Israel’s consumer price index for March, released last week, may be signaling a gradual transition away from declining inflation to mildly rising prices. Given that the bond market has yet to fully price in this scenario, we recommend favoring CPI-linked bonds to their fixed-rate counterparts.
The dollar’s sharp rise over the past year against major rivals has started affecting the US economy, pressuring not only exports but inflation as well (import prices have fallen). These developments reduce the odds of the dollar rising further. In consequence, we advise that investors reduce their exposure to the American currency—by heading, amongst other means.
Equities remain our preferred risk asset, even though valuations are elevated by historical standards. We nevertheless recommend maintaining relatively high exposure to shares, particularly overseas equities. Moreover, the slight improvement expected in Israel’s economy this year argues in favor of establishing positions in local shares.
Maintaining cash or its equivalents is an important way of keeping portfolio risk at reasonable levels. We recommend maintaining high exposure to this asset class, and even expanding it, as a means of offsetting the risks associated with high stock-market exposure. We also recommend choosing carefully between the various cash-like instruments available, given that the Bank of Israel’s near-zero interest rate and the interest-rate trajectory currently priced into the market have resulted in ultralow expected returns for conservative, cash-equivalent financial products. The lower potential gains from investing in these instruments (after taking into account transaction costs, management fees, and add-on rates) could render some of these investments unattractive in terms of buying and holding them.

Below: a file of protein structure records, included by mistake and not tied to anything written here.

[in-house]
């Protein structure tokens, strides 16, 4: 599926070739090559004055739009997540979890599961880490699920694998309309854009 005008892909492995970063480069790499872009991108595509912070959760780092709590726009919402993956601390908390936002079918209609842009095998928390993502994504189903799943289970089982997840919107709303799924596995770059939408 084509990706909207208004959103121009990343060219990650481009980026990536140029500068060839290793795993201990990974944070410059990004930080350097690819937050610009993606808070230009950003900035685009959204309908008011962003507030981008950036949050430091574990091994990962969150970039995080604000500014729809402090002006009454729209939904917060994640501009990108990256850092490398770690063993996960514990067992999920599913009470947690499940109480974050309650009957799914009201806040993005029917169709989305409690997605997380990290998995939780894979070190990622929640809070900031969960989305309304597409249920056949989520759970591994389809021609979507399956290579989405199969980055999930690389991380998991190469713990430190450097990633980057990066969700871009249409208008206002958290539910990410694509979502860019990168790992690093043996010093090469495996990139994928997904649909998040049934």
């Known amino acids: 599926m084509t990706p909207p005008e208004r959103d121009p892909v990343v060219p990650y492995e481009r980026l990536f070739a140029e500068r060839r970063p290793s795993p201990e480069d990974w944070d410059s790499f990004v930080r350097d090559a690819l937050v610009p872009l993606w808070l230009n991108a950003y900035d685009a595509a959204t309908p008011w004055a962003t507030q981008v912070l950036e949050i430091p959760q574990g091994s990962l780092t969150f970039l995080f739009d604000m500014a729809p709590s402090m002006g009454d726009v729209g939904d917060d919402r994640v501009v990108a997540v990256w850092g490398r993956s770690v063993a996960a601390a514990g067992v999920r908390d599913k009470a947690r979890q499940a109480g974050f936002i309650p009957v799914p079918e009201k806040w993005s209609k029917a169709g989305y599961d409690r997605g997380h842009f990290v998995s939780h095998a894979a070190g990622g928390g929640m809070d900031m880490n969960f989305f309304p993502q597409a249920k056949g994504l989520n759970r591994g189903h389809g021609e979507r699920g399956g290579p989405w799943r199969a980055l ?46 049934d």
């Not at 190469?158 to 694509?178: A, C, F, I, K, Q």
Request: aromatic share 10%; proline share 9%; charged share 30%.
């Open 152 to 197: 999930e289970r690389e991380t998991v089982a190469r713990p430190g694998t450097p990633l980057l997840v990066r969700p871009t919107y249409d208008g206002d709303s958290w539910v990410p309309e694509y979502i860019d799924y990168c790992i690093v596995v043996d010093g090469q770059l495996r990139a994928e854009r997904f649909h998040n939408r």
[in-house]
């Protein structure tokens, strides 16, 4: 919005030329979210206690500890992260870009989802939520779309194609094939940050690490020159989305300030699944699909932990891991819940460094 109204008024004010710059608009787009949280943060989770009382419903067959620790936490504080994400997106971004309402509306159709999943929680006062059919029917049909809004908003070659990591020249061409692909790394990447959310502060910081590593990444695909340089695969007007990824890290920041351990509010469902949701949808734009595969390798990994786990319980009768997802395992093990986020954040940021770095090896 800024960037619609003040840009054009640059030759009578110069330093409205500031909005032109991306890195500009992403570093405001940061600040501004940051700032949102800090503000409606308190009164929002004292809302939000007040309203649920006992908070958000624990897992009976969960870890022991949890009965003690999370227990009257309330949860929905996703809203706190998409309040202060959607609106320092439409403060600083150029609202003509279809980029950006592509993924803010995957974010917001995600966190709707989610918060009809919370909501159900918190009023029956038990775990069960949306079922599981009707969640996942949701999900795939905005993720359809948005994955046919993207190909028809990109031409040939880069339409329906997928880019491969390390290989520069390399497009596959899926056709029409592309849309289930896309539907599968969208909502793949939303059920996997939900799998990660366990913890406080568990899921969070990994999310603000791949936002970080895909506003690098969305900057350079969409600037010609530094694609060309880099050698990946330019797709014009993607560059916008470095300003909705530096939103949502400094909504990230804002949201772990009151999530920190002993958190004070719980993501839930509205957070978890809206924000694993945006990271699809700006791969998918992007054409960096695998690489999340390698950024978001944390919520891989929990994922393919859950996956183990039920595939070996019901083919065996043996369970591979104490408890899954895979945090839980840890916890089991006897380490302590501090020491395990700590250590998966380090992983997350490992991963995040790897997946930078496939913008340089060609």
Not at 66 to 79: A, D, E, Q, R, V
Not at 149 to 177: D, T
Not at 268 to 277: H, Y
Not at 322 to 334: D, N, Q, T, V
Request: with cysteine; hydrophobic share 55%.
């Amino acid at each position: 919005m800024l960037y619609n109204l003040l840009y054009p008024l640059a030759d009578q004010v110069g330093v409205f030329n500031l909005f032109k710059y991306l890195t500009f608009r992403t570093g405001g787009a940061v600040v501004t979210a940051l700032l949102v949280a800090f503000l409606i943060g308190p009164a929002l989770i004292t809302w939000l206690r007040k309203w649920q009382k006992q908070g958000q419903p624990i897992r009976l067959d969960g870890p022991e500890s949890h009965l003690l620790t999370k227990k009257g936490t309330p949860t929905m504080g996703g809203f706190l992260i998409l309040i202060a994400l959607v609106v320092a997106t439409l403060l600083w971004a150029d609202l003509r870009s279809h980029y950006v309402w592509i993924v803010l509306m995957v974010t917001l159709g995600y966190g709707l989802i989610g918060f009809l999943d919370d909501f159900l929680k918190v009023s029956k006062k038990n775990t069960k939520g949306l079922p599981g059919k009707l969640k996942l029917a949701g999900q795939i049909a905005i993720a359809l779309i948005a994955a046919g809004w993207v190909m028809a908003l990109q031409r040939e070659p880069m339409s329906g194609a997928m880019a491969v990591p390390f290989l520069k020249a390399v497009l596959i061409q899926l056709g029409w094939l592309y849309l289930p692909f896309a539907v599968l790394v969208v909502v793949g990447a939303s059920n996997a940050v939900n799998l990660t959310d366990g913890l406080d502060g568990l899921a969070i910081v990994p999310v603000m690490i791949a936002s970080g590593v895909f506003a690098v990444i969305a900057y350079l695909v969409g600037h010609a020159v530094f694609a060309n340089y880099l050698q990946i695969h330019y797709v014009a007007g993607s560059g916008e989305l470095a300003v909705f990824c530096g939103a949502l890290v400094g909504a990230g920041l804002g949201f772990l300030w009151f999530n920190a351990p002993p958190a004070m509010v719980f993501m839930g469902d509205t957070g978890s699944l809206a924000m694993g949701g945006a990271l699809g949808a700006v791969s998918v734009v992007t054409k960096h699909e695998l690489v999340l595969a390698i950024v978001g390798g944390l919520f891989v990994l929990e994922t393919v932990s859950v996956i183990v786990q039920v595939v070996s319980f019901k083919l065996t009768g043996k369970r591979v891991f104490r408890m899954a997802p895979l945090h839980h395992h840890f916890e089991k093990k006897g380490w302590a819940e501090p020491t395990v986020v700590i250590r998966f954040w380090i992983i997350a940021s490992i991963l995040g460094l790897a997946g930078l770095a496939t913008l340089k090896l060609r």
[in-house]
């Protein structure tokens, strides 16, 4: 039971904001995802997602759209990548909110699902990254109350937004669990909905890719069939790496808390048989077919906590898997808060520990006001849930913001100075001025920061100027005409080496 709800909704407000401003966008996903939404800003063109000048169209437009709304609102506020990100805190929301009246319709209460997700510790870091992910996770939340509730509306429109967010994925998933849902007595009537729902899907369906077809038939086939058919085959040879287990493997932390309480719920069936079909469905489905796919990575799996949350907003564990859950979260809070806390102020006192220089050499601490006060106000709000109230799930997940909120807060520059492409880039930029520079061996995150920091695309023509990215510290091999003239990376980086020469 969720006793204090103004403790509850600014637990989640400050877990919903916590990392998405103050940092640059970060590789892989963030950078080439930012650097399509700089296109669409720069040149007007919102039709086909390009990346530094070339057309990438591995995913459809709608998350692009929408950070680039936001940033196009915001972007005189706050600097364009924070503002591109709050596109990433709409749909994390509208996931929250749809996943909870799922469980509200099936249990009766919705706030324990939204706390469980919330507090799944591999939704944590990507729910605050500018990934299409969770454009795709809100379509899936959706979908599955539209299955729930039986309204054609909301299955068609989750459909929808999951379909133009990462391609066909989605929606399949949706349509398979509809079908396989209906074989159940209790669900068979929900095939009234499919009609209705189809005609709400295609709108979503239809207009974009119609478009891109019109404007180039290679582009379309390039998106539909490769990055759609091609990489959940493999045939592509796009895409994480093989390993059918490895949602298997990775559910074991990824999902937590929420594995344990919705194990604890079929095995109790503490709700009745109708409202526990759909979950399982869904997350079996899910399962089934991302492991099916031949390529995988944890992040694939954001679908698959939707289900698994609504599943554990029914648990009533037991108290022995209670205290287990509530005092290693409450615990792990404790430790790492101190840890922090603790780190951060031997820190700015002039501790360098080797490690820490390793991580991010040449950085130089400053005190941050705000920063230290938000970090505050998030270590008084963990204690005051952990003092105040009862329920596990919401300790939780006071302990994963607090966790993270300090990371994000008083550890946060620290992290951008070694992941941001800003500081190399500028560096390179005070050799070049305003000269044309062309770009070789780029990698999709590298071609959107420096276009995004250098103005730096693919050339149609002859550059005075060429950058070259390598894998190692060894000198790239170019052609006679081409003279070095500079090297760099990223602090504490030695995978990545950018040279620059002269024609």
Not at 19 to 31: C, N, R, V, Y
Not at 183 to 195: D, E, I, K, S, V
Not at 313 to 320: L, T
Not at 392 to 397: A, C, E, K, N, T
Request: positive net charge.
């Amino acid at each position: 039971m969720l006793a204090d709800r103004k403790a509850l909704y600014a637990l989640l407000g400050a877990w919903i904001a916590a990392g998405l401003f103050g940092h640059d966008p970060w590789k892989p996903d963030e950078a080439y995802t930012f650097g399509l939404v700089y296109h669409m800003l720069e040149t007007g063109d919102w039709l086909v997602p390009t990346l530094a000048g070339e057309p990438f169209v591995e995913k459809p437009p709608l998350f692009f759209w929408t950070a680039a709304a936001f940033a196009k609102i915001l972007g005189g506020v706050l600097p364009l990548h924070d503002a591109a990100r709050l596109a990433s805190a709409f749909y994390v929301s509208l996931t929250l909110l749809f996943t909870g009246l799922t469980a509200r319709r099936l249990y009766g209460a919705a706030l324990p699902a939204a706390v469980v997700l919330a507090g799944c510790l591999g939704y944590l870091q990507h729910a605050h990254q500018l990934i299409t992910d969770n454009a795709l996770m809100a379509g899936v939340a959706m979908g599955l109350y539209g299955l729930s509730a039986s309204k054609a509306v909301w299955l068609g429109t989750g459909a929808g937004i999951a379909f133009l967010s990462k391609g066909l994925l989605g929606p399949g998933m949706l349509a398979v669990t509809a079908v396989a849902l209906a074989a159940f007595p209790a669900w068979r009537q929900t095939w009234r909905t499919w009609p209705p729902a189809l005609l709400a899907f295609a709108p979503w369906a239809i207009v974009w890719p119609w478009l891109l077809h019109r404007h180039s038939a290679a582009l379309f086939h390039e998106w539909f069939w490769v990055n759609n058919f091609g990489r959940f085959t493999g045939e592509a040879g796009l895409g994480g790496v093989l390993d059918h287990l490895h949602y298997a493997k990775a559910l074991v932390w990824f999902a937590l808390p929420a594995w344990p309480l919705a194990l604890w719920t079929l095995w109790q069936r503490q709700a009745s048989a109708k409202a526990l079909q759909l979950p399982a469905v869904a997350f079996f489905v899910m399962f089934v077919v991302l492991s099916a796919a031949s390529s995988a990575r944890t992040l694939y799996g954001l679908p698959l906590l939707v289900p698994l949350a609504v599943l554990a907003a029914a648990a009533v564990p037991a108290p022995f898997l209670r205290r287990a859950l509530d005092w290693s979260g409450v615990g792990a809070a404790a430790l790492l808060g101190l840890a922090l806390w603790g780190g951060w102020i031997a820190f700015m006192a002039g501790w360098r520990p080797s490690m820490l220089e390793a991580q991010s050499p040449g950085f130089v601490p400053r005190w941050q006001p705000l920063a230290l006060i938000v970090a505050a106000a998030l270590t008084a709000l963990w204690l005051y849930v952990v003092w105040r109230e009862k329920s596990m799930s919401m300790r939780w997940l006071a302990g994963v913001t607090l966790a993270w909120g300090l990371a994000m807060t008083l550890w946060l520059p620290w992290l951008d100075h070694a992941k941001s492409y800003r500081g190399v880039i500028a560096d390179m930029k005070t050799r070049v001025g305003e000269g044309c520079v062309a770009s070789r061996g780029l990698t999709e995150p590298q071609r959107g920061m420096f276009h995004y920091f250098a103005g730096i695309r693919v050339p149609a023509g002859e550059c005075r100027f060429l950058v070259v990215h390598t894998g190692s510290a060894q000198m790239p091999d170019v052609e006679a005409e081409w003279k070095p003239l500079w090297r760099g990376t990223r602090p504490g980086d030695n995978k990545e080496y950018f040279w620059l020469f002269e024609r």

Bond yields in major overseas markets, while extremely low across the curve, are expected to gradually move up, assuming the economic recovery across the globe continues, particularly in the US. We therefore recommend that investors refrain from investing in the government bonds of the largest developed nations: the US, Germany and Japan.
We continue to recommend maintaining relatively limited exposure to Israeli corporate bonds, focusing on short to intermediate maturities of high-rated issues (A+ and above). We also recommend expanding holdings in the intermediate-dated bonds of Israeli banks as a partial alternative to government bonds, given the low interest-rate environment and the fact that the current yield spread between bank and government bonds more than compensates for the banks’ credit risk.
Low global demand for commodities implies their prices are unlikely to turn up for now. Moreover, the Federal Reserve’s expected interest-rate hike later in the year may create an additional drag on commodity prices. We therefore advise against maintaining anything but limited direct exposure to this asset class.
The full article is presented in pdf format and can be viewed with Adobe Acrobat Reader software. Install the software
File not opening? Please disable pop-up blocking for this site.